Information and Facts about the Fall of Rome
476 AD marks the Fall of Rome when the Germanic barbarian Odoacer defeated the last emperor of Rome, Romulus Augustus. Historians say that there are many reasons why the Roman Empire fall.
Primarily, these reasons were considered to be political, military, and economic. Below are lists several reasons that led to the fall of the Roman Empire.
Fall of Rome – Political Problems
Corruptions in senate and instability in the politics came into existence. Officials accepted bribes in exchange for favors. Furthermore, consuls and officials would offer positions in office to those who could pay of a huge amount of money.
- Emperor Constantine divided the Roman Empire into two halves and declared Constantinople as the new capital of Roman society. The western half of the Roman Empire lost its power over towns in the East. The loss of power over the eastern half caused a huge decline in profits from the treasury thus weakening the military in terms of warfare.
Fall of Rome – Military Problems
- Rome no longer had a control over military situations because the Roman army was comprised of trained barbarian soldiers. The barbarian soldiers of the Roman army were much less effective compared to the superior infantry that the Roman Empire had in previous centuries.
- Many of the Roman citizens who were expected to serve the Roman military refused to sign. The new forces of the Roman military were low on morale and were very lethargic. They remained careless about the development of Rome.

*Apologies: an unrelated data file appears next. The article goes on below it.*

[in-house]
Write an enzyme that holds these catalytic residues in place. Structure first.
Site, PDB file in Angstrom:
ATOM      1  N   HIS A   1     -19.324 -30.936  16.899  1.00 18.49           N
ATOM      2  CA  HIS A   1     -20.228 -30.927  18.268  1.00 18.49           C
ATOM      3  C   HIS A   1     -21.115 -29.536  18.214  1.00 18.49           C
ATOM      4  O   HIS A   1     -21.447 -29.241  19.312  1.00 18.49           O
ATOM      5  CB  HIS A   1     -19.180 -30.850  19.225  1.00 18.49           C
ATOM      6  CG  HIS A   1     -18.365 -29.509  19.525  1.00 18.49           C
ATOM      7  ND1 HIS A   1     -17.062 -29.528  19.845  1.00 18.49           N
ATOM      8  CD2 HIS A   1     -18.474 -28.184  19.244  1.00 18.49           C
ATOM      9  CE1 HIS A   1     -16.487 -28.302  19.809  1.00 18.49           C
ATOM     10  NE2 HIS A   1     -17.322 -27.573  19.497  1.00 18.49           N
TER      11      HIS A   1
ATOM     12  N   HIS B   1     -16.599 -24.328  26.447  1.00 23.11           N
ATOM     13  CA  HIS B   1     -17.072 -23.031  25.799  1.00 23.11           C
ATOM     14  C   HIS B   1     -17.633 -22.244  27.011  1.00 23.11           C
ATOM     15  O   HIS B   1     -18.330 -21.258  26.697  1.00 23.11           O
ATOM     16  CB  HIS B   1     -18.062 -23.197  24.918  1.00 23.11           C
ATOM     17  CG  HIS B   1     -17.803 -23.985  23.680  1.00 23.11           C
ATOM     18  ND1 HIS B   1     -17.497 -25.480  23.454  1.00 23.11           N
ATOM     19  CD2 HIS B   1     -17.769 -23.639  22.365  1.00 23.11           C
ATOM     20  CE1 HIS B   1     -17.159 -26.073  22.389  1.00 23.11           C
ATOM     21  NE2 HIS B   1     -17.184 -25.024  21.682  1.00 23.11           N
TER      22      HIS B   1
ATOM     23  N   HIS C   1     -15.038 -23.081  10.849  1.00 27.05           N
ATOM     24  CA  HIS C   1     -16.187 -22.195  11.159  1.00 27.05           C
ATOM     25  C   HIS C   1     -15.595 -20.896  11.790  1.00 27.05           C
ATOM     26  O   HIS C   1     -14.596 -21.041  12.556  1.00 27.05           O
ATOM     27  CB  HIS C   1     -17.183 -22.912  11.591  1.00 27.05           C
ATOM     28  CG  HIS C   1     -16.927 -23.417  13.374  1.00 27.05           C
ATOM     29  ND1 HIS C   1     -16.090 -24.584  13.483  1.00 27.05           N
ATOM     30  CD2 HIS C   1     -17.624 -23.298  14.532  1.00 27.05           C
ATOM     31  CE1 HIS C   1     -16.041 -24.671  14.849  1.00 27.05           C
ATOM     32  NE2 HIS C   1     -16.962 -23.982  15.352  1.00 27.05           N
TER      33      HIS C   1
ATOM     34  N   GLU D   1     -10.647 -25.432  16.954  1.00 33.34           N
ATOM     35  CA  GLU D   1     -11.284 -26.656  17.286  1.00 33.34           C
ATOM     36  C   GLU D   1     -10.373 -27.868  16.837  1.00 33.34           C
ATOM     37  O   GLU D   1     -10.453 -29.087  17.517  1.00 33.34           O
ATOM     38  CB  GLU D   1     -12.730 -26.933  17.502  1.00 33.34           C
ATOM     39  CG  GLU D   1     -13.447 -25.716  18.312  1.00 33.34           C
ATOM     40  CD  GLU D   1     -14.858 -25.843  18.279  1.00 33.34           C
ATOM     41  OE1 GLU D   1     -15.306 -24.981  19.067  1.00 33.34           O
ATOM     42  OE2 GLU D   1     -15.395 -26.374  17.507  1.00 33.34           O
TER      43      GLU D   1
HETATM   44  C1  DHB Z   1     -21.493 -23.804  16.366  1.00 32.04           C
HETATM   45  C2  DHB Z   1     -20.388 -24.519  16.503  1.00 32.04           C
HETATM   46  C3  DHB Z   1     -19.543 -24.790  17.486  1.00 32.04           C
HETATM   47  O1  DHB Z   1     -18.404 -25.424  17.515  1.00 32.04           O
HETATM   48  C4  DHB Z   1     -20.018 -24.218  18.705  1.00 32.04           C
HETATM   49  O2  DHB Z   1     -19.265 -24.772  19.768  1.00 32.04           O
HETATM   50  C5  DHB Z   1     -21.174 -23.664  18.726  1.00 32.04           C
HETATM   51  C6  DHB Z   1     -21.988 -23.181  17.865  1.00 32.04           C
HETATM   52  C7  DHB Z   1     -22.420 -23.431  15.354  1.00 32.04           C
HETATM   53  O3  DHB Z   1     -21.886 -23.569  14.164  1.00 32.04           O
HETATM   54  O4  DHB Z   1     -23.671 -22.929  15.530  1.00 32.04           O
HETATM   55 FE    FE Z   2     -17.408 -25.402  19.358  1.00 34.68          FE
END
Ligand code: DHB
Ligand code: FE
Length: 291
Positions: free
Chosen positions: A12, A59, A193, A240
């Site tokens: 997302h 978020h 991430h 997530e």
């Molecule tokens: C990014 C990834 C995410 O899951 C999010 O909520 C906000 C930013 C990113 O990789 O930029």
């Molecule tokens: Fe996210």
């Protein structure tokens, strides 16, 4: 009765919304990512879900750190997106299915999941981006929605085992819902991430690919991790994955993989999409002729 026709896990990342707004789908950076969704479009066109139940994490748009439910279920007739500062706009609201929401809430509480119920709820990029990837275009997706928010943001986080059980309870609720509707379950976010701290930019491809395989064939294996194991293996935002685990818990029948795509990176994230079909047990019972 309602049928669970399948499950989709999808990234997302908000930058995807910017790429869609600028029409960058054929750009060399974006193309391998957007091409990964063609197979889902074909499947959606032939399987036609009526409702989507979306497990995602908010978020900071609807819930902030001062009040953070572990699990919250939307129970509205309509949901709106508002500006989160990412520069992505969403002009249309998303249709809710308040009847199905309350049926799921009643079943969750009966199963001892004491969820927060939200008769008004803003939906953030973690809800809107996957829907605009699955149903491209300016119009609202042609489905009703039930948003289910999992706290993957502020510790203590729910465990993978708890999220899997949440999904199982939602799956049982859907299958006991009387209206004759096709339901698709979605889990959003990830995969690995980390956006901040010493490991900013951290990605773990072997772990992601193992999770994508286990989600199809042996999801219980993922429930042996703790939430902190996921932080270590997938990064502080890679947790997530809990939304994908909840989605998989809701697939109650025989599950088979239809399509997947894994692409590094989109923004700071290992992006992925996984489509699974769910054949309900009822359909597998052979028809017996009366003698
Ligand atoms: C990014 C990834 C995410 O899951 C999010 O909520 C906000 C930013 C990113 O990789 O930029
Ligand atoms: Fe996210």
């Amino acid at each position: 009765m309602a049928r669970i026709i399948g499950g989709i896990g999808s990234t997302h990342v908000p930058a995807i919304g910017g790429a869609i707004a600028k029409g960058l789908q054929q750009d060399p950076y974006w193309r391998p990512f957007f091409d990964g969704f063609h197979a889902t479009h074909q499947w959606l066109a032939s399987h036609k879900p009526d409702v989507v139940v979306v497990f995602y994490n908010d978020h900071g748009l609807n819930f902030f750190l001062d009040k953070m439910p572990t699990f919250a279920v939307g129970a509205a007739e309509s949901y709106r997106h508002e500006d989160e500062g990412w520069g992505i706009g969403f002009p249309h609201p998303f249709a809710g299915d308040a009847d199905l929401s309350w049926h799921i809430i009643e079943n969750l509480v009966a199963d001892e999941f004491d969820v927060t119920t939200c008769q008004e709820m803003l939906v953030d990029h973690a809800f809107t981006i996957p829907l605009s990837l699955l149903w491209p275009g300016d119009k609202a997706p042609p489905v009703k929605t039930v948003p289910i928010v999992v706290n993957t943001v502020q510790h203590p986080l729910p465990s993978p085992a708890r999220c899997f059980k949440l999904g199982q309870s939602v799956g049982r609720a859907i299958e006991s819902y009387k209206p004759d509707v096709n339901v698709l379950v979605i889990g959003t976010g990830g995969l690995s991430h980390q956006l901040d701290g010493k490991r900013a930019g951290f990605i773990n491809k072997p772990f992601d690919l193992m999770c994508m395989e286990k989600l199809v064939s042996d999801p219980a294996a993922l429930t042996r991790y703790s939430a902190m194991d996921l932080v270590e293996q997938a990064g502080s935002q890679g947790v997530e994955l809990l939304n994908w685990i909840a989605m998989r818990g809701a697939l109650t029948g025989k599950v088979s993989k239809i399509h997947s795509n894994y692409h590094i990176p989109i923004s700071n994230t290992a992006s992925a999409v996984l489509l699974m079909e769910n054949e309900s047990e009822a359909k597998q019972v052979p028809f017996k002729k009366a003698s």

- Many of the men from the Roman army who served the country had retired and did not want to be bothered with government affairs.
- Many locations were remote and the governing of Romans was lenient. Instead of keeping their original heritage, many of the soldiers from these locations were married to locals and adopted to local customs, values, attitudes, and beliefs.
- Hadrian soon realized that Rome was no longer in a position to continue expansion. Hadrian took a defensive stance and ordered the construction of a defensive which marked the northern limit of Roman Empire. It was impossible for his troops to defend such a wide area due to continuous waves of barbarians directed to break the walls.
Fall of Rome – Economic Problems
Continuous occurrences of diseases such as Malaria and other plagues caused a decline in the Roman Empire population.
- During certain regimes, their currency was debased. Their coins basically didn’t have the actual value; instead, the worth of the currency depended on the amount of silver it contained. Their coins were made up of no more than 1% silver and, as a result, severe inflation followed.
- Rome depended on its empire for resources originating from mining and farming practices. Rome turned out to be very poor and had trouble managing the economy.
- High taxation caused distress among many classes in Ancient Rome.
Fall of Rome – End of Roman Empire
- 476 AD marks the Fall of Rome when the Germanic barbarian, Odoacer, deposed and exiled the last Emperor of Rome, Romulus Augustus. Many say that Rome never ‘fell’, instead it was more of an ongoing process which lasted more than a century. Since Rome still existed, some prefer to say that Rome adapted rather than fell.